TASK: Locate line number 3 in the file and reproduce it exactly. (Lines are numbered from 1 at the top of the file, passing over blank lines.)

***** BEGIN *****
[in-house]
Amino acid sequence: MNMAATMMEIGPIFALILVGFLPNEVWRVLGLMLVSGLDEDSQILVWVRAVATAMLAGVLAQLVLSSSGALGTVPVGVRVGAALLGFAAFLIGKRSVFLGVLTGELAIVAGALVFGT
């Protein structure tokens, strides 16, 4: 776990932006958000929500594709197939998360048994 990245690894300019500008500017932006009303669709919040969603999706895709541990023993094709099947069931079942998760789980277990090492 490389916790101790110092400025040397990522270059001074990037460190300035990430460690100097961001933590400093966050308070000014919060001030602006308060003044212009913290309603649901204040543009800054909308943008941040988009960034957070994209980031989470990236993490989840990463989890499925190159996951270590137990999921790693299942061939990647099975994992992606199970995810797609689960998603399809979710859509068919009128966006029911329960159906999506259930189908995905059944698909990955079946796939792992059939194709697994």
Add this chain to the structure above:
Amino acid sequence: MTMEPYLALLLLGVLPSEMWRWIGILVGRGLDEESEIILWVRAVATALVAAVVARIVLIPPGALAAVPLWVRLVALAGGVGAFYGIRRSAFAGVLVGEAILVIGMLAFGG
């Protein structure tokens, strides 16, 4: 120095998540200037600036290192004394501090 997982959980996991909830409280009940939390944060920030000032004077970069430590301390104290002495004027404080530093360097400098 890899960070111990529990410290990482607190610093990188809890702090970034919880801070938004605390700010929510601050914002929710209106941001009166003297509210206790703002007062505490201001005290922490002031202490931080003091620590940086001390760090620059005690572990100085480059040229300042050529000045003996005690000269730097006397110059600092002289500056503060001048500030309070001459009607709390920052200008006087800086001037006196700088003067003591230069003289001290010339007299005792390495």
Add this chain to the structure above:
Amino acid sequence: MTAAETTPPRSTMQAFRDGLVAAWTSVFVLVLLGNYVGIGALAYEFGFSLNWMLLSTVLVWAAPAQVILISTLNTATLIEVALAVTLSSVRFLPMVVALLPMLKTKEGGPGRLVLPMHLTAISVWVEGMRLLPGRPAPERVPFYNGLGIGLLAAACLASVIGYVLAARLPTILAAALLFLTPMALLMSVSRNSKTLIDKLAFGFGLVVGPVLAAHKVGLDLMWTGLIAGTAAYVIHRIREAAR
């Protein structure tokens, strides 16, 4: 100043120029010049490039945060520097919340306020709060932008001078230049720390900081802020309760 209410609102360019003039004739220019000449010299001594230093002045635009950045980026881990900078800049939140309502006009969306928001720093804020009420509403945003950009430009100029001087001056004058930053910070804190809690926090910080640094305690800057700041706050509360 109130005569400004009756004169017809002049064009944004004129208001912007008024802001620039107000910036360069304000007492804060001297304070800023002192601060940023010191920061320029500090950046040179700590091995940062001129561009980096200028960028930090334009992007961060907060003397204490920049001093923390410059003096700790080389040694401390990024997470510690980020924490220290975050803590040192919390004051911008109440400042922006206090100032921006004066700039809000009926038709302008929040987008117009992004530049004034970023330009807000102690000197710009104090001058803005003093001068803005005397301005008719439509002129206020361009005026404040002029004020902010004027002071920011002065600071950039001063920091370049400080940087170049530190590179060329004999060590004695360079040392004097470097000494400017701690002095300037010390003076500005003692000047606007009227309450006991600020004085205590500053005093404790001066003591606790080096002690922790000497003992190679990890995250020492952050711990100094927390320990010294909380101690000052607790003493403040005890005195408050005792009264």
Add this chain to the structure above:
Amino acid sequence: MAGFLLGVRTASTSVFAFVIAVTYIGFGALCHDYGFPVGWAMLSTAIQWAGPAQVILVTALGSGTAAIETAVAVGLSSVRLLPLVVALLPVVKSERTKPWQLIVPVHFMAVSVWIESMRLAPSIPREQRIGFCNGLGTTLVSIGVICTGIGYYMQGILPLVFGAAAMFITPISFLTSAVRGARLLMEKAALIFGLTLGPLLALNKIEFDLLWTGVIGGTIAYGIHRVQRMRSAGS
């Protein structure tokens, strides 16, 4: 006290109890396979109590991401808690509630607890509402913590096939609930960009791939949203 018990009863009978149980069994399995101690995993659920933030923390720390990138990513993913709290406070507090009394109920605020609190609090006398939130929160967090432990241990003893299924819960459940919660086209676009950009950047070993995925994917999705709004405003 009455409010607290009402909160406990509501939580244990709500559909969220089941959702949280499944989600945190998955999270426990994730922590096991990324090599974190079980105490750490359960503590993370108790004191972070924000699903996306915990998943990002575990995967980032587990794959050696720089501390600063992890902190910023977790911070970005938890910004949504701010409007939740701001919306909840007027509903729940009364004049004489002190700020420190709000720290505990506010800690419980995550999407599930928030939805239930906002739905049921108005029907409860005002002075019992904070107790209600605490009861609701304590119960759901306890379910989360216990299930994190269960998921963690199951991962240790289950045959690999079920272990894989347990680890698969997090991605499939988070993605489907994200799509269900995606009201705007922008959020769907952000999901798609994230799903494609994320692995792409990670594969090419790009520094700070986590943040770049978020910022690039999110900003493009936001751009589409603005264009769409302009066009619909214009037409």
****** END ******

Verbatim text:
């Protein structure tokens, strides 16, 4: 776990932006958000929500594709197939998360048994 990245690894300019500008500017932006009303669709919040969603999706895709541990023993094709099947069931079942998760789980277990090492 490389916790101790110092400025040397990522270059001074990037460190300035990430460690100097961001933590400093966050308070000014919060001030602006308060003044212009913290309603649901204040543009800054909308943008941040988009960034957070994209980031989470990236993490989840990463989890499925190159996951270590137990999921790693299942061939990647099975994992992606199970995810797609689960998603399809979710859509068919009128966006029911329960159906999506259930189908995905059944698909990955079946796939792992059939194709697994």